SANTA: Self-aligned nanotrench ablation via Joule heating for probing sub-20 nm devices
nanolithography, carbon nanotubes, graphene, finite element, self-aligned fabrication, nanoscale thermal transport
Manipulating materials at the nanometer scale is challenging, particularly if alignment with nanoscale electrodes is desired. Here, we describe a lithography-free, self-aligned nanotrench ablation (SANTA) technique to create nanoscale “trenches” in a polymer like poly(methyl methacrylate) (PMMA). The nanotrenches are self-aligned with carbon nanotube (CNT) or graphene ribbon electrodes through a simple Joule heating process. Using simulations and experiments we investigated how the Joule power, ambient temperature, PMMA thickness, and substrate properties affect the spatial resolution of this technique. We achieved sub-20 nm nanotrenches, for the first time, by lowering the ambient temperature and reducing the PMMA thickness. We also demonstrated a functioning nanoscale resistive memory (RRAM) bit selfaligned with a CNT control device, achieved through the SANTA approach. This technique provides an elegant and inexpensive method to probe nanoscale devices using self-aligned electrodes, without the use of conventional alignment or lithography steps.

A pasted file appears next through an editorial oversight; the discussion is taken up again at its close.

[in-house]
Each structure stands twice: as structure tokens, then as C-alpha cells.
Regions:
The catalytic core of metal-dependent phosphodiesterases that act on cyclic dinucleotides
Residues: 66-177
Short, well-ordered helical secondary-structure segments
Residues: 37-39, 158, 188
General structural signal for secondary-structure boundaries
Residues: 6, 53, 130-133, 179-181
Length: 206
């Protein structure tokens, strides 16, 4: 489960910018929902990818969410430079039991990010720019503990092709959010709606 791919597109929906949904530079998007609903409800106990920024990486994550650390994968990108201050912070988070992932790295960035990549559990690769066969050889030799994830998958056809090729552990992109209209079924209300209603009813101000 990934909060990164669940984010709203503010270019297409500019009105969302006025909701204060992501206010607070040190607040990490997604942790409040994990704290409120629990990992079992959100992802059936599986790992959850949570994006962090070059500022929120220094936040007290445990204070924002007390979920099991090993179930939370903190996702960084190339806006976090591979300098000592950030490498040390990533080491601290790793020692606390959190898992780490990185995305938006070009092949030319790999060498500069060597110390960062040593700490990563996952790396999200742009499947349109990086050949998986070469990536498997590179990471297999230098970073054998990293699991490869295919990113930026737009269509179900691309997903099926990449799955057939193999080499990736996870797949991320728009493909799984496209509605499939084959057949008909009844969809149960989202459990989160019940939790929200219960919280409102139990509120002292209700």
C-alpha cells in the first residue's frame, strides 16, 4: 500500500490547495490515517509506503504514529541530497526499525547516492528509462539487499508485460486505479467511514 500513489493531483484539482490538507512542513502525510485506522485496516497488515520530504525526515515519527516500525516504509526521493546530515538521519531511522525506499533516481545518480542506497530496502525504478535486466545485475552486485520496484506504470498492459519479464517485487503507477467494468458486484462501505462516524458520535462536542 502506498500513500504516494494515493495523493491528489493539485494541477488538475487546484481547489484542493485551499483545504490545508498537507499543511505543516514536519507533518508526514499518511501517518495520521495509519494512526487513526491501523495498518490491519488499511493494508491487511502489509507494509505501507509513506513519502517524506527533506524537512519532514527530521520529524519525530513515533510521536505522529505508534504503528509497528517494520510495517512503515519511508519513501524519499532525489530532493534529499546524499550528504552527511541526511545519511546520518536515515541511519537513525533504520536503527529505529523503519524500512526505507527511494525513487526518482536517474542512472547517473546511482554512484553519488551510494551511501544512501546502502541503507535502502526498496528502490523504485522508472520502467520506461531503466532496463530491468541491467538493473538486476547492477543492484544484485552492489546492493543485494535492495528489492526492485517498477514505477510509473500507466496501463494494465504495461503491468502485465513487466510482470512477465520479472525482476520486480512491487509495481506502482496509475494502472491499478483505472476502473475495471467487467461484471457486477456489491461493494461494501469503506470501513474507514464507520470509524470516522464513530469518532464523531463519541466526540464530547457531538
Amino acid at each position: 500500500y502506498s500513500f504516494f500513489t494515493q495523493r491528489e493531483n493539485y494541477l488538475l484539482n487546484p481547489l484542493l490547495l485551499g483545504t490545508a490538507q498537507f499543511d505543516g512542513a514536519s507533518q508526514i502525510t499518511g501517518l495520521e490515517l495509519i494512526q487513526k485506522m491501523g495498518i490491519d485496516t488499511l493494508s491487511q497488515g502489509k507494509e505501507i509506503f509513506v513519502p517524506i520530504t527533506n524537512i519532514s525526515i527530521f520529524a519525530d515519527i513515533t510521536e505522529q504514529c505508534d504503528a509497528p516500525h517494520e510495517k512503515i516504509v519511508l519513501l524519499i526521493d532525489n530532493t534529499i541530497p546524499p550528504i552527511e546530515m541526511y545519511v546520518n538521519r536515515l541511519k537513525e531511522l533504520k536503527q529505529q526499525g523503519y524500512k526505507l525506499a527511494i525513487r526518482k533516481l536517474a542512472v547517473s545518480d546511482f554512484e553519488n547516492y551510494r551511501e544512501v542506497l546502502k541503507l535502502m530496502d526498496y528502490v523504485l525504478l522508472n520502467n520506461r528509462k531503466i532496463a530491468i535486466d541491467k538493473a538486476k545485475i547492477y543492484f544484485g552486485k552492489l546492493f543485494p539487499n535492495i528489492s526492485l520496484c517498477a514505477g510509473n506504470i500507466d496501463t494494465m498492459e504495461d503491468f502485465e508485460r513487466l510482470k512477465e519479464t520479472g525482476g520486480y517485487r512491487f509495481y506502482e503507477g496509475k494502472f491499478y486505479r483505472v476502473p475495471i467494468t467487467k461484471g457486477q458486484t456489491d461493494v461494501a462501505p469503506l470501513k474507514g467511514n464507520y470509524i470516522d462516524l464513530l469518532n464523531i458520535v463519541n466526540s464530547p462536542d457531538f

Tsinghua University Press
Feng Xiong,Sanchit Deshmukh,Sungduk Hong,Yuan Dai,Ashkan Behnam,Feifei Lian,Eric Pop, SANTA: Self-aligned nanotrench ablation via Joule heating for probing sub-20 nm devices. NanoRes.2016, 9(10): 2950–2959